Tag Archives: Germany

München, Germany

Spring! #

Munich was the third stop in the Bavarian tour. I had been here on a day trip years ago, to see Albrecht Dürer’s Portrait of the Artist as a Young Man in the Alte Pinakothek. This time around, I had lots of time to wander. Spring is a glorious time; leaves are sprouting and sometimes there are early flowers, like these on a chestnut tree in the Viktualienmarkt.

Gargoyles galore #

The apartment was just a few steps away from the market and the Marienplatz. Given that I had only a few days, I decided to concentrate on the Innen Altstadt (the city center). (Next time the BMW Factory Tour!) In the morning, the interplay of light and shadow among the many spires and statues and gargoyles of the Neues Rathaus (New Town Hall) is absolutely beautiful. A Glockenspiel captivated the plaza with its animation, and a street performer entertained a friend with stories of rich Saudi Arabians in the summertime.

Odeonsplatz #

The Temple of Diana#

The Odeonsplatz is another big square, a popular meeting place for tourists, tour groups, and locals alike. A Baroque cathedral, the Theatinerkiche just to the right of the Feldherrenhalle (Field Marshall Hall) was another main attraction. Directly across the Odeonsplatz was the Hofgarten, a large square that on this sunny day was the perfect location for painting (and dozing on the grass).

Strikeria! #

I arranged to meet my friend Adriana, who has lived in Munich for 8 years now. Her German is excellent, to my ears at least! (Here’s a picture of us in Twist Collective’s blog; unfortunately my mouth was filled with macaron, lol.) We took the tram to Strickeria, where we put our (knit) finishing skills to use. A bit of back story: Football club Bayern München had won the national championship and were set to play Dortmund Borussia for the Champions League title. Local radio station Bayern 3 sent out a call for knitted squares—red and white—to be sent in to create the “World’s Longest Fan Scarf”. Boxes and boxes of the squares were then brought over to Strickeria, and we happened to be there when Bayern 3 filmed one of their segments. We set to work; at the time there were three massive rolls of knitted scarf and the deadline loomed: threee days to go! Pathetic me only managed to finish a meter-long segment; the resulting scarf was 1.6 kilometers long!

Special thanks to Adriana for guiding us all over town on such short notice, and for feeding my fabric and yarn stash!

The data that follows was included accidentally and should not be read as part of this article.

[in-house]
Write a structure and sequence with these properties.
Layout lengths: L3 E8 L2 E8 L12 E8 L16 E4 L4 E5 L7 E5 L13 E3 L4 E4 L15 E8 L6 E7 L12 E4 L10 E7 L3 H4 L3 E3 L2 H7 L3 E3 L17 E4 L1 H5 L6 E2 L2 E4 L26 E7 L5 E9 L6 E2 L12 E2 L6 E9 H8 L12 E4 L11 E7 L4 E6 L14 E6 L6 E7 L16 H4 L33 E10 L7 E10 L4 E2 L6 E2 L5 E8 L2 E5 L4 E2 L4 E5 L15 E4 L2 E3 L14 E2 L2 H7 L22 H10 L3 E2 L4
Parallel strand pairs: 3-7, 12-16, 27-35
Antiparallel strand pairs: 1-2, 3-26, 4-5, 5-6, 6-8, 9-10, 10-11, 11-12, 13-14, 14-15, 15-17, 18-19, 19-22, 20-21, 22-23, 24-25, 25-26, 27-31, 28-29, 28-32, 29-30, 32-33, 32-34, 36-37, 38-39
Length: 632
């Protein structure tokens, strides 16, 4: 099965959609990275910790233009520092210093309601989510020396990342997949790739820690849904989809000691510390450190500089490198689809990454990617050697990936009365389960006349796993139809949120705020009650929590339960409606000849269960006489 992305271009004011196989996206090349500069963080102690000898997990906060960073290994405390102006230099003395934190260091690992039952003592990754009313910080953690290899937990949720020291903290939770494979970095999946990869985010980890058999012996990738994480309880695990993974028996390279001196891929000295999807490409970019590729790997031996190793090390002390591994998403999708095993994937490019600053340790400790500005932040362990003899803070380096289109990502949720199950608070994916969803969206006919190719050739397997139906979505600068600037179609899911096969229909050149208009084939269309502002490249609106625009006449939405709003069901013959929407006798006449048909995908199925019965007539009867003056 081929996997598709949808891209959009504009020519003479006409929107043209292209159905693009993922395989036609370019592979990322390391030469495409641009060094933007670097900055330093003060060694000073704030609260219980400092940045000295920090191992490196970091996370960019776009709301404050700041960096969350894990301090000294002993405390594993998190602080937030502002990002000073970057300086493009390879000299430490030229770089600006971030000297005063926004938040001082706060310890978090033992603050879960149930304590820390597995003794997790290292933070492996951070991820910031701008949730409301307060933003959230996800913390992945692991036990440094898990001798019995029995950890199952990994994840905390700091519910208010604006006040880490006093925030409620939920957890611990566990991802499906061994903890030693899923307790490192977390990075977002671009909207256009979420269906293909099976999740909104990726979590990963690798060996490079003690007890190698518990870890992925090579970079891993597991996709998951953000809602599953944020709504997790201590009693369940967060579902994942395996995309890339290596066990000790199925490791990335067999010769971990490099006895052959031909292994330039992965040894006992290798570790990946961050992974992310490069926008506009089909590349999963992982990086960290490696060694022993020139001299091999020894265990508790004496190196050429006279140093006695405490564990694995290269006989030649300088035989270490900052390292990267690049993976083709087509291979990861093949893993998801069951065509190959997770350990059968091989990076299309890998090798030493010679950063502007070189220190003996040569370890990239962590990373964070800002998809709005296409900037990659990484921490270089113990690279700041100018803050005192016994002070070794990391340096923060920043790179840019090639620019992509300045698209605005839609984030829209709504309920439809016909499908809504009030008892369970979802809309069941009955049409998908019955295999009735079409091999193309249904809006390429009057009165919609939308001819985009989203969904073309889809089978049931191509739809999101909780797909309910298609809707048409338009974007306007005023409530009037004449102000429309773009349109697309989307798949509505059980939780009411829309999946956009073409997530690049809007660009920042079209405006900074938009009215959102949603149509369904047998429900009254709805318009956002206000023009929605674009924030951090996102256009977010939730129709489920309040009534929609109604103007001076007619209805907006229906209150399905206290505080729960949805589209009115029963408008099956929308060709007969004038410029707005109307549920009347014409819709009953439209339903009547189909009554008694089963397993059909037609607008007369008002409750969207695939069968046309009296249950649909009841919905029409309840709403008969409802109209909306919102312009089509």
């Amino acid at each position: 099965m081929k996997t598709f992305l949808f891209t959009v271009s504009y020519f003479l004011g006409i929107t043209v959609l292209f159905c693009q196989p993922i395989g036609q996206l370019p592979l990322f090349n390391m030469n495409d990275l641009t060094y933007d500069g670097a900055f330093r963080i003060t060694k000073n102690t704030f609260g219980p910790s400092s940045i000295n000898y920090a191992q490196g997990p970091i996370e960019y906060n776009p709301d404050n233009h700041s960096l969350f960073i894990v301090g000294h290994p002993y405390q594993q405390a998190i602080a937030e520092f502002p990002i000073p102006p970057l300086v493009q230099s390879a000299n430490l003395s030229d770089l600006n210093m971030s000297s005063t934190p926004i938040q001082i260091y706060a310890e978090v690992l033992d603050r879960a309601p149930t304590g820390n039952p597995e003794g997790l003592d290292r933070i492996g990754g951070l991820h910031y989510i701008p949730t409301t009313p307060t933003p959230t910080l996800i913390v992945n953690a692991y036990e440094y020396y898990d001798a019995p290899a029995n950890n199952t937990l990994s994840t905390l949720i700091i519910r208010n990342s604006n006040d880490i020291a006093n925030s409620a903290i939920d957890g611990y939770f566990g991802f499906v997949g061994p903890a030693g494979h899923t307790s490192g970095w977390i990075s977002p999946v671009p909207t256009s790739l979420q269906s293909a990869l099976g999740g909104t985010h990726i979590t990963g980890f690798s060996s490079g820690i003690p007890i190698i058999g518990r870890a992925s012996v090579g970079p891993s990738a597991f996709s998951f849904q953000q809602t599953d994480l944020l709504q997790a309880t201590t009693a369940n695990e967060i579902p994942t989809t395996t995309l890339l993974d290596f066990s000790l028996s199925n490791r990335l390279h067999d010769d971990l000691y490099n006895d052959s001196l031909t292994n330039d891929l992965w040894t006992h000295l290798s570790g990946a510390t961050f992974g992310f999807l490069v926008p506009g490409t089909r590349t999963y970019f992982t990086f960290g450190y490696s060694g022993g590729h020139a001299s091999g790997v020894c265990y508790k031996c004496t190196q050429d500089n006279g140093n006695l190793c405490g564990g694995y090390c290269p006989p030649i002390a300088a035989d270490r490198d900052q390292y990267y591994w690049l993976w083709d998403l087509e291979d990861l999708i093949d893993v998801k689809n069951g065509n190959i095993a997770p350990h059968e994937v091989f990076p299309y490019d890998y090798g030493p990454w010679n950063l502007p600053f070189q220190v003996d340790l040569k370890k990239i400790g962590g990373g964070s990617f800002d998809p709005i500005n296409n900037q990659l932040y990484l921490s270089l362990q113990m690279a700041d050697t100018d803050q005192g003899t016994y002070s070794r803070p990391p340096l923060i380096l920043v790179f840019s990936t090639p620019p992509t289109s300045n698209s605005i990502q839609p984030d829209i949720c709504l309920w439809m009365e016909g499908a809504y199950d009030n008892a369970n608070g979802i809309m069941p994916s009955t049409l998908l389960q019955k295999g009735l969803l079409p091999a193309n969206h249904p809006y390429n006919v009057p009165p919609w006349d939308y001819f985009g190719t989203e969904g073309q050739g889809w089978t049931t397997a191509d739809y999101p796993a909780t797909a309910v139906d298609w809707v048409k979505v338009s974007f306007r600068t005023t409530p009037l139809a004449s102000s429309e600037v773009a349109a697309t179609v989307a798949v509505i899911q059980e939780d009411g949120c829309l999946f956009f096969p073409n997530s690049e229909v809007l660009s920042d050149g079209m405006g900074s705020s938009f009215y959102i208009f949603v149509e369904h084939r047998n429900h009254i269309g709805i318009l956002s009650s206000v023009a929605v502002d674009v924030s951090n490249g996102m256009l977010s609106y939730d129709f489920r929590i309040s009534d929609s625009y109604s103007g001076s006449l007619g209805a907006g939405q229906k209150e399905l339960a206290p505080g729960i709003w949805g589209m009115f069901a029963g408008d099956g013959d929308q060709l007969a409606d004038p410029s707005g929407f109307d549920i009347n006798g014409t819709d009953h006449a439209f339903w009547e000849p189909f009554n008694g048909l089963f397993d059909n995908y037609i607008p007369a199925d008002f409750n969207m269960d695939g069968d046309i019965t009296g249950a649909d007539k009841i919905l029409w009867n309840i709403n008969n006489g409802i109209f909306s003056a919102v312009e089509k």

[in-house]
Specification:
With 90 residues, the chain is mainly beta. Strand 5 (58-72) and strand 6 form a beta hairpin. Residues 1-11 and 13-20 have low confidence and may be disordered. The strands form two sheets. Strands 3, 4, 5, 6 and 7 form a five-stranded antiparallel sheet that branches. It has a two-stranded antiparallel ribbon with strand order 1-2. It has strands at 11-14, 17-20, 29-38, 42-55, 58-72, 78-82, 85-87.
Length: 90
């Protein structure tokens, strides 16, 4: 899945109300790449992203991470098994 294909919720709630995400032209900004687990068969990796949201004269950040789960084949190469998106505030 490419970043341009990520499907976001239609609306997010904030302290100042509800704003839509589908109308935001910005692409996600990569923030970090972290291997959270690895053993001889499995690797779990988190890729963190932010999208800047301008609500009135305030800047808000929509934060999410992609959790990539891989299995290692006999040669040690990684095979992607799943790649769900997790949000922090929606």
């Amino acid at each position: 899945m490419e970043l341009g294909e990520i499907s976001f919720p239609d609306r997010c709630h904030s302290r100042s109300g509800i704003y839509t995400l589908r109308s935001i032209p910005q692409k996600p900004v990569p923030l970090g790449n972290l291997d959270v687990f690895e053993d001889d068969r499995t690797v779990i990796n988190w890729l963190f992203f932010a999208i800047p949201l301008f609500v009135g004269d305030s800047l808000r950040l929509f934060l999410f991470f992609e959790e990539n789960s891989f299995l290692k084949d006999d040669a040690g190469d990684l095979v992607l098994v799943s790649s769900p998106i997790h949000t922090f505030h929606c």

More photos can be found in 2013 München.

Regensburg, Germany

Regensburg #

Pretty, pretty Regensburg! Like most European cities, it’s meant for walking. A lot of walking, but there was so much to look at, and take photos of (buildings and inhabitants both). We crossed the Steinernen Brücke and found this view on Stadtamhof, away from the crowds. There was a perfect spot to nap in the sun.

Regensburg #

The Dom, St. Peter’s Cathedral, is majestic in early evening light. It’s gorgeous inside and out; Gothic is an impressive architectural style. That medieval craftsmen were able to erect such high structures by hand is mindblowing…

Regensburg #

Light filters through colored glass windows, offering a peek into the Justice Courtyard. There were many such nooks and crannies in the city.

Regensburg #

At the Haidplatz, people (and dog) watching. I adore such well-mannered European doggies!


Interior of Basilika Sanktemmeram. Once again, fabulously in all its golden Baroque glory.

The city of Regensburg, located between Nürnberg and München on the Donau river, is filled with great history. Bavarian tribes lived in what would become the Roman Empire’s northernmost legionary camp, Castra Regina, under Marcus Aurelius. It was at one point Charlemagne’s seat of power, and its prime location on the major waterway between Eastern and Western made Regensburg the axis of travel to and from all parts of Europe. Wood huts gave way to stone buildings during the Middle Ages, most of which were preserved. Regensburg is also home to the Princes of Thurn und Taxis (founders of the modern postal system). Centuries of decline followed, ending briefly with the founding of the Messerschmidt factory during WWII, and permanently with the founding of the university in 1967.

More photos can be found in 2013 Regensburg.

Schloß Grünsberg, Germany

I’ve always imagined castles as daunting stone buildings perched high on mountains, above a river or pass or cliff, isolated and majestic. We passed this teeny one on the roadside, partly hidden and on a curve no less, on our way to Burgthann. Of course it warranted a stop. I’m not sure it can be categorically labelled a castle, but hey, if your house has a bridge over a stream leading under an arch to an inner courtyard with room for sword battles and cavalry, I guess it could be a castle!

Schloß Grünsberg #

This is the approach to the inner courtyard. Red and white stripes on the castle doors and shutters stand for Franconia, a hill-and-dale type region of Bavaria.

Schloß Grünsberg #

The oval plaque in the center commemorates the deaths of Adolph Freiherr Stromer von Reichenbach and his Aunt Sophie. Schloß Grünsberg was a former holding of the Stromer von Reichenbach family, first mentioned in 1254. “Freiherr” is the baronial title; a family member was once mayor of Nürnberg.

Schloß Grünsberg #

It’s rumored that the circular-patterned windows on the second floor are “lunar glass panes” from Venice. Appararently the castle is open every first Sunday or by appointment with Rotraut, the existing baroness, administering the cultural heritage of the Stromer holdings.

More photos can be found in 2013.05.01 Nürnberg.

Schloß Grünsberg #

PS: Nürnberg is the same as Nuernberg or Nuremberg. The letter “u” translates to “ue” and “ß” to “ss” if German characters aren’t available.

Related Posts Plugin for WordPress, Blogger...